The news is a consumer product.
That’s the one thing that Matt Taibbi wants us to learn from this book. He lays out in great detail why the media has become such a monster: conflict is good for ratings, so it’s in the interests of TV shows, websites and newspapers to emphasise conflict, and manufacture it if necessary.
“Freddie” Hayek is, of course, famous for the epic rap battles
between him and his arch-nemesis, the maverick economist and Bloomsbury groupie John Maynard Keynes. Keynes may have been more charismatic, but Hayek had the edge in writing. The Road to Serfdom
is a compelling and passionate defence of free-market economics and is much more readable than Keynes’s dense The General Theory of Employment, Interest and Money
. Even the title is snappier. (The General Theory
wasn’t written for a popular audience, though — Essays in Persuasion
is a better read, although maybe less influential.)
Hayek does come across as a bit of a Cassandra, terrified that a bit of well-meaning socialism is just the first step on the slippery slope to fascism, totalitarianism and, well, serfdom. The shrillness of his warnings is explained by the context: he was writing during the second world war, and saw echoes in contemporary American society of Germany in the interwar years. He grew up in Austria before living and working in the USA and England, so he was well-placed for this comparison.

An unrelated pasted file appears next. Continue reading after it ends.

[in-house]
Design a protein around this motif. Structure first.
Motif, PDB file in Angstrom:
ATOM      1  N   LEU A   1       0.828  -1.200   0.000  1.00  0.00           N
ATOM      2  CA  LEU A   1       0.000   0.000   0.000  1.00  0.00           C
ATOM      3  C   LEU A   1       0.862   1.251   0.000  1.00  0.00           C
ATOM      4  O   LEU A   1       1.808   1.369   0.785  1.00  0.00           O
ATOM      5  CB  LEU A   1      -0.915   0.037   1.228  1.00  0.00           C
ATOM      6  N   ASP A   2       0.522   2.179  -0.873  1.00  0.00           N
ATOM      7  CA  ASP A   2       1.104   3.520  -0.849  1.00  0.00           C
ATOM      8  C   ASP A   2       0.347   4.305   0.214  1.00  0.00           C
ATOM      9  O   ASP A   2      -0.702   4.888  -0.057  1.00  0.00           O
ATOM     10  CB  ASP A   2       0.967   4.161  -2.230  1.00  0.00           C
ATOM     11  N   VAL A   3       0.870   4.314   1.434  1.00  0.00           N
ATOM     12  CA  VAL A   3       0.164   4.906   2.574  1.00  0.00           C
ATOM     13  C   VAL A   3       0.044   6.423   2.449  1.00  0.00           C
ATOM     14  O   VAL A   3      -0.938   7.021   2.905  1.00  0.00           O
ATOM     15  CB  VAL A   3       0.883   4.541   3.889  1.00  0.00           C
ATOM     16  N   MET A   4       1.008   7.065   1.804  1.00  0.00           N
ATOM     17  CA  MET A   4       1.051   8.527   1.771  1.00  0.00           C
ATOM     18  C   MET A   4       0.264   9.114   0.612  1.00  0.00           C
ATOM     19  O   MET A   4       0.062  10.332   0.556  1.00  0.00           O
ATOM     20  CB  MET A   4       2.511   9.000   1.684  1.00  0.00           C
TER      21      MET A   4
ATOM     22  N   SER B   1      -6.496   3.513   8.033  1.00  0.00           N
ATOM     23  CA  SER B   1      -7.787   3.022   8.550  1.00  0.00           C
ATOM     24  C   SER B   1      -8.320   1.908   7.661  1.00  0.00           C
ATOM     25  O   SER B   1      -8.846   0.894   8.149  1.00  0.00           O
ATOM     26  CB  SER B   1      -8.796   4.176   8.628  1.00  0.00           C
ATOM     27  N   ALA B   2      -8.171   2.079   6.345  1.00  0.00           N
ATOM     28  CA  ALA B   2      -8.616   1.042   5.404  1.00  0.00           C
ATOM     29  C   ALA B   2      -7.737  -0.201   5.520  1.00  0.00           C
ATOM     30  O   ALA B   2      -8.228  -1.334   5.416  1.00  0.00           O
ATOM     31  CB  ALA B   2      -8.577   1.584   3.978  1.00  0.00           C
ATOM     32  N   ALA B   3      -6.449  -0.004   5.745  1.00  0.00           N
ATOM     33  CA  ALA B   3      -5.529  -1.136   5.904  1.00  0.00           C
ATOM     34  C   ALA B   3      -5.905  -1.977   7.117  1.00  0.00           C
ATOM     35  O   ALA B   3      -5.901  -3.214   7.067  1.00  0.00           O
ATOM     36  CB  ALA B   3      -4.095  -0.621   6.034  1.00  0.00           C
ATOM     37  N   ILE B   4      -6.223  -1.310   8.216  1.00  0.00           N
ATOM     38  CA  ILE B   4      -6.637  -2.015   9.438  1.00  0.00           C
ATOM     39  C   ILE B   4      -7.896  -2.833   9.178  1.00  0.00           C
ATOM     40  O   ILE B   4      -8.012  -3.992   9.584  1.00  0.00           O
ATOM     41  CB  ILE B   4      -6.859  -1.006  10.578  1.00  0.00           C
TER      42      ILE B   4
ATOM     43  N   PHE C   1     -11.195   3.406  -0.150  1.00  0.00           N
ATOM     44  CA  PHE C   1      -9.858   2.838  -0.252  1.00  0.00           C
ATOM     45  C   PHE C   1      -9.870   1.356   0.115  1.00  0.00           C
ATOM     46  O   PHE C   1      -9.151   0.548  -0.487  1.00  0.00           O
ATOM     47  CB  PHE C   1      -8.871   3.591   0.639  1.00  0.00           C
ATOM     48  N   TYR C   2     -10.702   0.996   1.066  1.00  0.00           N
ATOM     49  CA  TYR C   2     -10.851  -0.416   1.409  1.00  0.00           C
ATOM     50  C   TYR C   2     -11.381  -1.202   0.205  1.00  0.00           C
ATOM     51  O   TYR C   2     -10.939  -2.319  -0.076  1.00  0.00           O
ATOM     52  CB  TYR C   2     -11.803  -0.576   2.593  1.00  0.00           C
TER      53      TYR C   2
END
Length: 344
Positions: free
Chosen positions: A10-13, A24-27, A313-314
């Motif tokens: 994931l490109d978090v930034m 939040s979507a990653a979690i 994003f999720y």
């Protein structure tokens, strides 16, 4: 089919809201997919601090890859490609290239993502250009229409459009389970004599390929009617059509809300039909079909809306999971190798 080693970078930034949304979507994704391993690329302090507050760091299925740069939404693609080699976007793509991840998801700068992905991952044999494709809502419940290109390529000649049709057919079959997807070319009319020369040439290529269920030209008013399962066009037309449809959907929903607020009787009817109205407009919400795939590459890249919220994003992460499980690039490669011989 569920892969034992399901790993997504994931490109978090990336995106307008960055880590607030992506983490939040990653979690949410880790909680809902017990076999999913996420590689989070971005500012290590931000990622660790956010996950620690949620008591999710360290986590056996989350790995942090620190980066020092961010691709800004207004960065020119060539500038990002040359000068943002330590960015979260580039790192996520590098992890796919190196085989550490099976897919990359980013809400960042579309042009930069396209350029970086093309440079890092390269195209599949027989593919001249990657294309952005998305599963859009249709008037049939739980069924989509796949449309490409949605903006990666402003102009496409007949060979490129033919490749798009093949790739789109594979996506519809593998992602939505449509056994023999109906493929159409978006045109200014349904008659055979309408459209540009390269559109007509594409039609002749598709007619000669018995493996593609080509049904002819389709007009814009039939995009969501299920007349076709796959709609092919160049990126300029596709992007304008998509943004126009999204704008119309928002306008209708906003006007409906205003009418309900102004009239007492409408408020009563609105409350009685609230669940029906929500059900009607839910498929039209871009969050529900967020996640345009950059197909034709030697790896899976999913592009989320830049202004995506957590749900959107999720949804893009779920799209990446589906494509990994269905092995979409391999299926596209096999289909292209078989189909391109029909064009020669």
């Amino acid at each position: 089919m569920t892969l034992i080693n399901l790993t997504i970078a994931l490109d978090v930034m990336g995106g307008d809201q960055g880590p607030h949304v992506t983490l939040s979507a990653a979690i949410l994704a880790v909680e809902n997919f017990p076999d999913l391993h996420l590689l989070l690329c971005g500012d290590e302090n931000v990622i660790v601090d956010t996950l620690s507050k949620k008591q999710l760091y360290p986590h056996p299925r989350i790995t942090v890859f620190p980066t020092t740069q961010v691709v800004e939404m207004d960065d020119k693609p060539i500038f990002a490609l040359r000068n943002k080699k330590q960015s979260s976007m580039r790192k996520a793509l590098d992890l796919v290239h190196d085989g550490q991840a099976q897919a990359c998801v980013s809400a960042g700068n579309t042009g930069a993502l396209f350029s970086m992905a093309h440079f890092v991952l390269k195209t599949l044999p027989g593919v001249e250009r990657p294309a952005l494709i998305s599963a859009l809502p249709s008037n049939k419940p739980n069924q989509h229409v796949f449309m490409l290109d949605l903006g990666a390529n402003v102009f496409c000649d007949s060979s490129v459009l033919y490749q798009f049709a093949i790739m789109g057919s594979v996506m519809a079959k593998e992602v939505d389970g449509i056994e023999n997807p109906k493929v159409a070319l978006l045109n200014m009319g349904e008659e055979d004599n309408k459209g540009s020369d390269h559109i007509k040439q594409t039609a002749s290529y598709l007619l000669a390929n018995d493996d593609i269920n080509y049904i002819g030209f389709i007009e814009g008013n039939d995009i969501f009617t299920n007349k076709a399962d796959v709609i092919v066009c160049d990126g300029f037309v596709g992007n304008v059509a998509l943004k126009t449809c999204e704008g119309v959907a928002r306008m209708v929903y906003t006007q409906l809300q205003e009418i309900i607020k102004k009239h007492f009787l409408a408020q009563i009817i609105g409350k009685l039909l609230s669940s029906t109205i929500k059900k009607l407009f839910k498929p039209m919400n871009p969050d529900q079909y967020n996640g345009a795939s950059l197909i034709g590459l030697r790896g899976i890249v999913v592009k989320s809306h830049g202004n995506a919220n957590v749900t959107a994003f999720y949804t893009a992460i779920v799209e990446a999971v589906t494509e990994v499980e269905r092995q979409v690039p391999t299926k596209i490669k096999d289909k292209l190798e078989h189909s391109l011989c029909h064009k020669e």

This is a great survey of all the ways to lie with statistics, and how to avoid being fooled by them. So many of the things we read and hear are based on numerical data, and often it’s hard to argue with them — “the numbers don’t lie”, they say. And it’s true: numbers don’t lie. But people lie, sometimes using words and sometimes using numbers.
There are sections on politics, discussing gerrymandering and also counting election results. Seife’s analysis of the 2000 US presidential election is excellent, laying bare the frankly ridiculous voting systems in use. He also reveals what the actual result should have been, after all the court cases and recounts. His conclusion surprised me, but it is actually the only sensible option even though it would probably have caused outrage.
I love this book. It’s a heartfelt, clear-eyed, inspiring clarion call for everyone to get together to make the world more livable. Her ideas are all so practical and achievable that I actually feel hopeful that they could really happen.
If more people read this book, the world would be a better place.
An interesting survey of the working of democracies, as illuminated by their responses to the last hundred years of democratic crises. The idea is that the inherent flexibility of democracies is their main strength but also an inescapable weakness:
This is the confidence trap. Democracies are adaptable. Because they are adaptable, they build up long-term problems, comforted by the knowledge that they will adapt to meet them. Debt accumulates; retrenchment is deferred. Democracies are also competitive, which means that politicians will blame each other for their failure to tackle the long-term problems. However, they do it in a way that gives the lie to urgency, because if it were truly urgent, then to they would compromise to fix it. Instead they squabble. They are comforted as they squabble by their knowledge that the system is resilient.
In the end Runciman seems to think that democracy may not constitute the end of history, but they will probably always muddle through any threat they face. But maybe that’s only because they have never faced a sufficiently dangerous threat.